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Exploring Low-Key Portraiture

Lesson 7 of 15

How to Create Separation

Chris Knight

Exploring Low-Key Portraiture

Chris Knight

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Lesson Info

7. How to Create Separation


  Class Trailer
Now Playing
1 Class Introduction Duration:12:53
2 What Is Low-Key Lighting? Duration:11:11
3 Bringing in the Subject Duration:05:01
4 Lighting Patterns Duration:19:21
6 Giving Your Light a Job Duration:12:07
7 How to Create Separation Duration:06:58

Lesson Info

How to Create Separation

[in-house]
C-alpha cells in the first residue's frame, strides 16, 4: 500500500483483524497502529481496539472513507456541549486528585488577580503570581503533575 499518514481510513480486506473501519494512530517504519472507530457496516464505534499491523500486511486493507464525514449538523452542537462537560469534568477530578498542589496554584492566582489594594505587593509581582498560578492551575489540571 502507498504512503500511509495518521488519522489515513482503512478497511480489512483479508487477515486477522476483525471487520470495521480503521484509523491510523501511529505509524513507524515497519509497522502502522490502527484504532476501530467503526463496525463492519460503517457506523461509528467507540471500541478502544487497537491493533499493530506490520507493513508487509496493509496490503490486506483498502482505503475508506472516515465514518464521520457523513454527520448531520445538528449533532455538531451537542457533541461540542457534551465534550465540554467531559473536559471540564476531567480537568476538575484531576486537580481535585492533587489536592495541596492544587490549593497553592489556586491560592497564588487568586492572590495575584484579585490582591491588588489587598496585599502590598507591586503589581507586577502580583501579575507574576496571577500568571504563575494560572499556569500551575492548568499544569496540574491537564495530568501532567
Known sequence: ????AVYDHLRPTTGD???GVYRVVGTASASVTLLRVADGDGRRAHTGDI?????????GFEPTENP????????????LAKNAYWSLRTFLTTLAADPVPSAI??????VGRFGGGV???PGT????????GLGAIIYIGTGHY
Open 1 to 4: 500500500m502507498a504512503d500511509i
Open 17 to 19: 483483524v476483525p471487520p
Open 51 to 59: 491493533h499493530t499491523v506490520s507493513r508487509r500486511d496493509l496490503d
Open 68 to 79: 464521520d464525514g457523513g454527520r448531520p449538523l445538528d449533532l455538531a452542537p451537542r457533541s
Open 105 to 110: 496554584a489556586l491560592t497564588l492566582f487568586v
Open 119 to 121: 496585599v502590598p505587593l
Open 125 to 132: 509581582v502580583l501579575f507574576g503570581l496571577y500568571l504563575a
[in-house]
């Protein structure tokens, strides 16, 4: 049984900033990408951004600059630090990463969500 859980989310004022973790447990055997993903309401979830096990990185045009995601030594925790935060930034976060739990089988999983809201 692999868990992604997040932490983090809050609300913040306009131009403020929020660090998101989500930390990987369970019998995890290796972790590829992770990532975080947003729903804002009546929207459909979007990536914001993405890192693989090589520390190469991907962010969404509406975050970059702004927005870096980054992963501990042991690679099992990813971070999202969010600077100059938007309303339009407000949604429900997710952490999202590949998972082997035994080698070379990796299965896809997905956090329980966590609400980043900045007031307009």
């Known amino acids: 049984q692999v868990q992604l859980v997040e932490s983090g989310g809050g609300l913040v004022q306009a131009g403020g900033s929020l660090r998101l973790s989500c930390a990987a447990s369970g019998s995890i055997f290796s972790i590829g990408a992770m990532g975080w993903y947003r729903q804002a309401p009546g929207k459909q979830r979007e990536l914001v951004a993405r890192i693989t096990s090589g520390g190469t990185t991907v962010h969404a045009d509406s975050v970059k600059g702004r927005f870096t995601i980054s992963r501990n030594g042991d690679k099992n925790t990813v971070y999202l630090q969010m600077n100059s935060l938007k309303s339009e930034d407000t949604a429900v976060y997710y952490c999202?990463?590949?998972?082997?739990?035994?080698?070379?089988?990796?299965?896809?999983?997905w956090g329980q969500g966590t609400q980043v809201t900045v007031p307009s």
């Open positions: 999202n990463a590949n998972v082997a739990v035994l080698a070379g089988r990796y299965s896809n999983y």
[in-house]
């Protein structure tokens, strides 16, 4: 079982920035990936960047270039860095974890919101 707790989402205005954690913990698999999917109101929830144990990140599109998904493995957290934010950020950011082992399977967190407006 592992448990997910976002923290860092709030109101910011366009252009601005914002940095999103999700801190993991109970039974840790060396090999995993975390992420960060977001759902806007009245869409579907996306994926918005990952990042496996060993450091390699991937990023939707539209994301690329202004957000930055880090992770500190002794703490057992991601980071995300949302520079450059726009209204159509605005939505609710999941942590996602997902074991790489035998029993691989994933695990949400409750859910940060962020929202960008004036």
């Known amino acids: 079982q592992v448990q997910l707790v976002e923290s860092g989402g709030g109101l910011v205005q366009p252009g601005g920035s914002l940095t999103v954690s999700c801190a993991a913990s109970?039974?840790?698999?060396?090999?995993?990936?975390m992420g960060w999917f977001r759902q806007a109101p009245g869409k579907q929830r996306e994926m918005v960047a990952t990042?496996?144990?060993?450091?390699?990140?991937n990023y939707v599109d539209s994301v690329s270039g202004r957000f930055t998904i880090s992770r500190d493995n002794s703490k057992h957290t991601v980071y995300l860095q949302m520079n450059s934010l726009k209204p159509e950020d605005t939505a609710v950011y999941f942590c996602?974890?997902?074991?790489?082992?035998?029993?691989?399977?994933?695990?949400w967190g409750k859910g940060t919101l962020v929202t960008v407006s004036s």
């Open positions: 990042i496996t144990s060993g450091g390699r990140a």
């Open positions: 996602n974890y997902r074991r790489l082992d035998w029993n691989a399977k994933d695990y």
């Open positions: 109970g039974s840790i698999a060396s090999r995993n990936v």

we have the tools we know. We're saying, Let's bring that back to intent and we're gonna talk about separation really quickly before we shoot just a few shots here. So separation. What a separation do while when we are using Loki tones in the image, we need to figure out a way to differentiate between a subject and a background. We have to give the figure its own shape and weaken. Decide to do that intentionally or weaken. Decide to not have that separation, and that creates its own emotional response. It's helpful when you're shooting Loki images because it helps the viewers brain distinguish between objects, and it helps make things less look a little bit less moody. But if you don't want to have separation, if you want to make everything blend together, it could make the image look a little bit more mysterious. But it's important because it helps us understand the key concepts of controlling death. Now here to relatively similar information relatively similar leverages. Tonally, the...